i am thankful every time i read a piece chastizing academics for their silence, and thus complicity, in this gaza massacre that will continue now regardless, albeit it will just look different. it will be less visible. but there was yet another final blow today from the israeli terrorists and i bet you very few academics–or anyone else for that matter–will be outraged by this:

PACBI learned today from its Steering Committee member, Dr. Haidar Eid, that the headquarters of the University Teachers Association-Palestine, in Gaza, was bombed by the Israeli occupation forces during their indiscriminate, willful destruction campaign in the Tal el-Hawa neighborhood of Gaza City on Friday.

This latest wanton attack on an academic organization is far from being an exception. It is only the latest episode in what Oxford University academic Karma Nabulsi has termed “scholasticide,” or Israel’s systematic and intentional destruction of Palestinian education centers. In its current war on Gaza alone, Israel has bombed the ministry of education, the Islamic University of Gaza, and tens of schools, including at least 4 UNRWA schools, after having largely destroyed the infrastructure of teaching throughout the year and a half of its illegal and criminal siege of the densely populated Gaza Strip.

The UTA headquarters is a detached two-story building that is clearly marked with the Association’s name. The bombed structure, which now stands without a roof, has sustained heavy structural damage and may be in danger of collapsing any time.

but a few are speaking out publicly. here are some israeli academics who i will refrain from calling terrorists as they are calling for bds:

The leaders of the western world are wringing their hands in despair at the sight of the horrors inflicted on Gaza (Gaza crisis, 16 January). The UN general secretary, the French president and others are holding intensive discussions with some of the leaders of the Middle East in an attempt to put an end to the carnage in Gaza. Word, words, words.

Meanwhile, hundreds of Palestinian civilians get killed, thousands are bleeding to death, tens of thousands are uprooted and wandering in vain in search of some shelter to protect them. The Israeli army bombs hospitals and Unrwa relief centres, and, defying international convention, it uses white phosphorus bombs against civilians. “What else can we do?” these leaders keep asking. Well, here is what you can do: move from words to deeds. Only immediate, decisive and strict sanctions against the state of Israel and its limitless aggression will make it realise that there’s a limit.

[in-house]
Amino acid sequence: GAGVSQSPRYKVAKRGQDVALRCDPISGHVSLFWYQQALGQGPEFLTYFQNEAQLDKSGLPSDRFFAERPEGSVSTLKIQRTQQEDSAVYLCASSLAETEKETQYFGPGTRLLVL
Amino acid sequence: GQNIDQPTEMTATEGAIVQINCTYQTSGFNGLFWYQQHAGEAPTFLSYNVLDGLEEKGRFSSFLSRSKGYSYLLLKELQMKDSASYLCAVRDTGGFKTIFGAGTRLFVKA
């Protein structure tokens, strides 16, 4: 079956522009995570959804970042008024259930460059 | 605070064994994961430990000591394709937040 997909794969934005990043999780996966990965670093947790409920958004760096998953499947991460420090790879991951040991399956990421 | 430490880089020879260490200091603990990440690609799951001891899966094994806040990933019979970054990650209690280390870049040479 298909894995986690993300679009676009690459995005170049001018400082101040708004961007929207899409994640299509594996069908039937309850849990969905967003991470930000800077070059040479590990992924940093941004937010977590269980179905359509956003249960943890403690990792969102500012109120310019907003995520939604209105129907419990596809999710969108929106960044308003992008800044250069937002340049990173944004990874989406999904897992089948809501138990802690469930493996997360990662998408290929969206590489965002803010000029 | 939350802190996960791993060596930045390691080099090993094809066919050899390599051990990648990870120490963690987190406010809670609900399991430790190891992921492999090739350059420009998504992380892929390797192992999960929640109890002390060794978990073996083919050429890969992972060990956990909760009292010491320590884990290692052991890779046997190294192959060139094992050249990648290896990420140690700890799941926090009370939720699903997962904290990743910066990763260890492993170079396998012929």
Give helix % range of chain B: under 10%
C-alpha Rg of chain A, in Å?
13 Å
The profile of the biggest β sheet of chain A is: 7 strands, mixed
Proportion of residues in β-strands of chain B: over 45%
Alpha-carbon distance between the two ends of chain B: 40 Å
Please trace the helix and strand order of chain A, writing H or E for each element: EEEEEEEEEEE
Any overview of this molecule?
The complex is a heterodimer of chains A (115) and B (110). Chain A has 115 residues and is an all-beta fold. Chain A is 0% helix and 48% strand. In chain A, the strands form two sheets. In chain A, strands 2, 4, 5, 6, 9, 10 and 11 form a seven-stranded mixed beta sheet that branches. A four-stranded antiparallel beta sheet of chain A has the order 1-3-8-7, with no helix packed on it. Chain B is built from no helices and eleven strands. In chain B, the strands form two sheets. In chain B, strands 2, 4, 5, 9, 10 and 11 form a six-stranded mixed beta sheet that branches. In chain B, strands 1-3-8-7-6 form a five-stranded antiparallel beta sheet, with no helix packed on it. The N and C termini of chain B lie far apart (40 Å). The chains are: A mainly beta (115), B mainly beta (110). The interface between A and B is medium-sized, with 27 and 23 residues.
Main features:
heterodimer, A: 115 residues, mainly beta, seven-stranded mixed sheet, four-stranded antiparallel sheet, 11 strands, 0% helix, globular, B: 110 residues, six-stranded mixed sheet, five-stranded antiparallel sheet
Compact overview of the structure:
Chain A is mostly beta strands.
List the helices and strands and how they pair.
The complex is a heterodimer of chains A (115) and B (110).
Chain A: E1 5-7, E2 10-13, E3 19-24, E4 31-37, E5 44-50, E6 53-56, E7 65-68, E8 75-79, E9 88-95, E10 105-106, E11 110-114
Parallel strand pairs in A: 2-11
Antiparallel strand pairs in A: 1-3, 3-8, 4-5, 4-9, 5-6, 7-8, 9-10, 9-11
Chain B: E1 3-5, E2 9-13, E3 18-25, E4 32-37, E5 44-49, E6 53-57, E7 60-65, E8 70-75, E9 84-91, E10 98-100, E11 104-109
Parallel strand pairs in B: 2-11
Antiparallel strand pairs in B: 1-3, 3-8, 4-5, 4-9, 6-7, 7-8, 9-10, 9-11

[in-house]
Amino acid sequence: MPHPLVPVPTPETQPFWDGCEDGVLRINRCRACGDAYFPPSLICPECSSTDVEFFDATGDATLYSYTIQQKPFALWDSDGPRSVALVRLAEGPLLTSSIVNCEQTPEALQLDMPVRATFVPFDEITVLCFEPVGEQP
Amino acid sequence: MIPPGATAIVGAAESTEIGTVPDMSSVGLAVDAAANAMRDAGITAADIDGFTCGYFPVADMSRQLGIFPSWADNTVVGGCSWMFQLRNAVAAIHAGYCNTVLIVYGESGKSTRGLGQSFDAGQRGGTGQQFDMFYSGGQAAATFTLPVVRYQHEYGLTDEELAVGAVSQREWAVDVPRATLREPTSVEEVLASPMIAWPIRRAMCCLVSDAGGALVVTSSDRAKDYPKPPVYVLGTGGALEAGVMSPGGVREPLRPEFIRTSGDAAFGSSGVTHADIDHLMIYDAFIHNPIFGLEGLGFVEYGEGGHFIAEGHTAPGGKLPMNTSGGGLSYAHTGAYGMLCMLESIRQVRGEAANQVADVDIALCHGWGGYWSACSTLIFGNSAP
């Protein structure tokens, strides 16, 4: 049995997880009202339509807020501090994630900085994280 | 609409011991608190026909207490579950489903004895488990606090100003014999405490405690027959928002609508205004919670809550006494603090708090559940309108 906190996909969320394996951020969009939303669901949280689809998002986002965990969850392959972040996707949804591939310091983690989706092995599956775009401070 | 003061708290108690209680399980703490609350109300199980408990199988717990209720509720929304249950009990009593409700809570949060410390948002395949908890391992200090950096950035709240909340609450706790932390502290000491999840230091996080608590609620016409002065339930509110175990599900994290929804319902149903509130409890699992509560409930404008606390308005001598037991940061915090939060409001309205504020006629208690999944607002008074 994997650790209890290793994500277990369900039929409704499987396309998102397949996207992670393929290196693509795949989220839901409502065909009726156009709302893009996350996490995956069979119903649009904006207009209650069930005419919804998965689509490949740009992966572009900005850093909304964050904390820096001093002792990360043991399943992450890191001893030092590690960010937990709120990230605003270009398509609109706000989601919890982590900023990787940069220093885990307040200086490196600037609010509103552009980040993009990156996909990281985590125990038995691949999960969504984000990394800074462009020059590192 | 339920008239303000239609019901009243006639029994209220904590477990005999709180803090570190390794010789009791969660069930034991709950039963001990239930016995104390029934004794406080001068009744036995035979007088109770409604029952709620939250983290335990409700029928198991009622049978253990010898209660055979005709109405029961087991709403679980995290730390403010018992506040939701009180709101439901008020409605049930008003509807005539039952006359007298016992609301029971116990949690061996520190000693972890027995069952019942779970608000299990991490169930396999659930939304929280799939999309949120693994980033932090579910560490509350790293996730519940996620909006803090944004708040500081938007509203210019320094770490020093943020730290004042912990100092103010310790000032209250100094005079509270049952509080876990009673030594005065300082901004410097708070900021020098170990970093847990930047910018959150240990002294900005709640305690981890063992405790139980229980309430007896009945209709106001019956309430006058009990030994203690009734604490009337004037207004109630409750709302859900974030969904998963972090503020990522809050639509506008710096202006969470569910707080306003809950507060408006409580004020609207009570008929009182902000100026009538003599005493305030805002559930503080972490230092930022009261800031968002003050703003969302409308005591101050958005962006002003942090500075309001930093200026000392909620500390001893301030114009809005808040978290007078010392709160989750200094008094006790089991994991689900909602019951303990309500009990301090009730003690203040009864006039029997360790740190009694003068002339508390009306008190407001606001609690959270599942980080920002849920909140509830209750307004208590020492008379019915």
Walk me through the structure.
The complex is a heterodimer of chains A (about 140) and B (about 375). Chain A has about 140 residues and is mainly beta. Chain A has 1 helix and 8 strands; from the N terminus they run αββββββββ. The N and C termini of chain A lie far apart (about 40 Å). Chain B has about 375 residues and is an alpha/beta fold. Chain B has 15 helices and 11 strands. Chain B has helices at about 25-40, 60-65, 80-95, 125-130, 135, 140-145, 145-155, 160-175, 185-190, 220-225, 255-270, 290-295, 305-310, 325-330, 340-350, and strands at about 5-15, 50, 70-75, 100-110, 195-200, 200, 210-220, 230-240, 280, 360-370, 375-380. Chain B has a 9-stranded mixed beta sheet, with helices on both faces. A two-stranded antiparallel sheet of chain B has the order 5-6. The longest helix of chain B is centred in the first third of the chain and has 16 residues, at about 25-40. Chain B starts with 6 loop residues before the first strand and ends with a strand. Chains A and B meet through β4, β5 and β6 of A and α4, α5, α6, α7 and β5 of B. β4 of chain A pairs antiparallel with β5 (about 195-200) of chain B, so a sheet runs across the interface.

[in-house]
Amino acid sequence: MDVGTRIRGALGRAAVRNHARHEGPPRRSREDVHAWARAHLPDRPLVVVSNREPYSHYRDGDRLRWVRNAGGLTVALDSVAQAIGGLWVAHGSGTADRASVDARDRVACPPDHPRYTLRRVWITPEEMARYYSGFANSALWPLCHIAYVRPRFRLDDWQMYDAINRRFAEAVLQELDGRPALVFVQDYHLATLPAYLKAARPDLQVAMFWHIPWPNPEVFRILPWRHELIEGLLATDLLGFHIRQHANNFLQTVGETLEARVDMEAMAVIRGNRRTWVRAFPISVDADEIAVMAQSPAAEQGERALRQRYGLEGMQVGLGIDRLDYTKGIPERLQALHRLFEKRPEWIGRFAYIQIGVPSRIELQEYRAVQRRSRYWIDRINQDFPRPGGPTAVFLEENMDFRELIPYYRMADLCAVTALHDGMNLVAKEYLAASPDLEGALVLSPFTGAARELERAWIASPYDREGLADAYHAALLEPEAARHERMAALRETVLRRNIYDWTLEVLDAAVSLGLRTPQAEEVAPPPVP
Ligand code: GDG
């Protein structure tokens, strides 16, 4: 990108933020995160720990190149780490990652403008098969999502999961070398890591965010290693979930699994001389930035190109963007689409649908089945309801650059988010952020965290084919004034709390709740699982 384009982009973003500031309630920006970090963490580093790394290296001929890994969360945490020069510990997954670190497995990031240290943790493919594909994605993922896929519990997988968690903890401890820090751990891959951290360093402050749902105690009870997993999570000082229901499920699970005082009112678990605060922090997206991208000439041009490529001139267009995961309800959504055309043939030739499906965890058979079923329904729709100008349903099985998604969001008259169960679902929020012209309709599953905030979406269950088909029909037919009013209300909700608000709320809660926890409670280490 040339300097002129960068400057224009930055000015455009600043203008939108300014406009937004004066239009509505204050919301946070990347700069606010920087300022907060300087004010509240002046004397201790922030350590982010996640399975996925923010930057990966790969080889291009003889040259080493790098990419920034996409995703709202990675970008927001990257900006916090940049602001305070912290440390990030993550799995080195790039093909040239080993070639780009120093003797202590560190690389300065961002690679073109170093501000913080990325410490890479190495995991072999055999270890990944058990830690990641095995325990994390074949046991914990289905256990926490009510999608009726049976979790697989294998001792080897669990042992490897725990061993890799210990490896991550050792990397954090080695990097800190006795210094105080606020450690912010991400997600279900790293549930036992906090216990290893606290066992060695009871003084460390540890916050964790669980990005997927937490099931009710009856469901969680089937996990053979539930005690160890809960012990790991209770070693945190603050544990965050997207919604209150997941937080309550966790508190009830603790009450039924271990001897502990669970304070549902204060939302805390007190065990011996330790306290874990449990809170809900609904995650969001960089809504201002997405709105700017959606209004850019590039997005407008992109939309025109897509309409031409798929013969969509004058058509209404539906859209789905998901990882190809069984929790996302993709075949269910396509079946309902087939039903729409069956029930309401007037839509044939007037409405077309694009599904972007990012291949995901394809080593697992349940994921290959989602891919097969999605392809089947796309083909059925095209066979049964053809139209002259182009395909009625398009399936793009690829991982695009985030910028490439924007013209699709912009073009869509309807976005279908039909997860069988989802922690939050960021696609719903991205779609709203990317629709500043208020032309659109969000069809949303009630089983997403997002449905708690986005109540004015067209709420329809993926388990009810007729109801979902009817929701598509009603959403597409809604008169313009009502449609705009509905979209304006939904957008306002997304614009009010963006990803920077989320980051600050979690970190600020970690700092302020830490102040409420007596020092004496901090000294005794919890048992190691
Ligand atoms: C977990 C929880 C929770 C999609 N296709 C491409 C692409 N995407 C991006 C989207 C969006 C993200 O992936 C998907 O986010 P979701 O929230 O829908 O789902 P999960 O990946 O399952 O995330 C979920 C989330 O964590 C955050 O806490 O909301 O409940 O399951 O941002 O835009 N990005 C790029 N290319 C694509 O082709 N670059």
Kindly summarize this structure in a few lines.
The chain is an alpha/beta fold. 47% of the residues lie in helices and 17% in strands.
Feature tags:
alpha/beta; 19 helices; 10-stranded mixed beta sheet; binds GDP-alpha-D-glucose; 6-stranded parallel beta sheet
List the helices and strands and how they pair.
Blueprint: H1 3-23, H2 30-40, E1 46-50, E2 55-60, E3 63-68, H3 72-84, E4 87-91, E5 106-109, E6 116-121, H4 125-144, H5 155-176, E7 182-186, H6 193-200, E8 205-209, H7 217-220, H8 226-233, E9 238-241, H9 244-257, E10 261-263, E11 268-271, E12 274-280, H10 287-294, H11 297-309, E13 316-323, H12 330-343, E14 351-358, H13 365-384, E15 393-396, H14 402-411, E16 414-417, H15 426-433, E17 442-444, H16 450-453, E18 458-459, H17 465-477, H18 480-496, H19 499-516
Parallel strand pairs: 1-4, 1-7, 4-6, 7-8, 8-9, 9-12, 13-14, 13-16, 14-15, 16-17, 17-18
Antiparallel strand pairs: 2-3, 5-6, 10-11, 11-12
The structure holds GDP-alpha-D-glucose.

We, as Israeli citizens, raise our voices to call on EU leaders: use sanctions against Israel’s brutal policies and join the active protests of Bolivia and Venezuela. We appeal to the citizens of Europe: please attend to the Palestinian Human Rights Organisation’s call, supported by more than 540 Israeli citizens (www.freegaza.org/en/home/): boycott Israeli goods and Israeli institutions; follow resolutions such as those made by the cities of Athens, Birmingham and Cambridge (US). This is the only road left. Help us all, please!

omar says the list of signatories is longer than what appeared in the above guardian article. here is a full list of their names:

Signatories (provided by authors — only partial list appeared in the Guardian)

Gish Amit
Adv. Abeer Baker
Iris Bar
Yoram Bar Haim
Prof. Daphna Carmeli (Haifa University)
Prof. Yoram Carmeli (Haifa University)
Keren Dotan
Ronit Dovrat
Dr. Judith Druks (City University, London)
Rona Even
Dr. Ovadia Ezra (Tel Aviv University)
Prof. Rachel Giora (Tel Aviv University)
Neta Golan
Tamar Goldschmidt
Adar Grayevsky
Dalia Hager
Haim Hanegbi
Rosamine Hayeem
Ala Hlehel
Aya Kaniuk
Lana Khaskia
Prof. Vered Kraus (Haifa University)
Yael Lerer
Dr. Aim Deuel Luski (Tel Aviv University)
Eilat Maoz
Moshe Machover
Prof. Charles Manekin (University of Maryland)
Dr. Ruchama Marton
Dr. Anat Matar (Tel Aviv University)
Rela Mazali
Prof. Yitzhak Y. Melamed (John Hopkins University)
Dorothy Naor
Dr. David Nir
Annie Ohayon
Noam Paiola
Michal Peer
Sigal Perelman
Amit Perelson
Jonathan Pollak
Prof. Yehuda Shenhav (Tel Aviv University)
Dr. Kobi Snitz (Technion – Israel Institute of Technology)
Ruth Tenne
Adv. Lea Tsemel
Michael Varshavsky
Oded Wolkstein
Sergio Yahni

and other good news: bolivia is taking the lead in the criminal court process:

Bolivia is seeking to take Tel Aviv to International Criminal Court over the brutal atrocities the Israeli forces have committed in Gaza.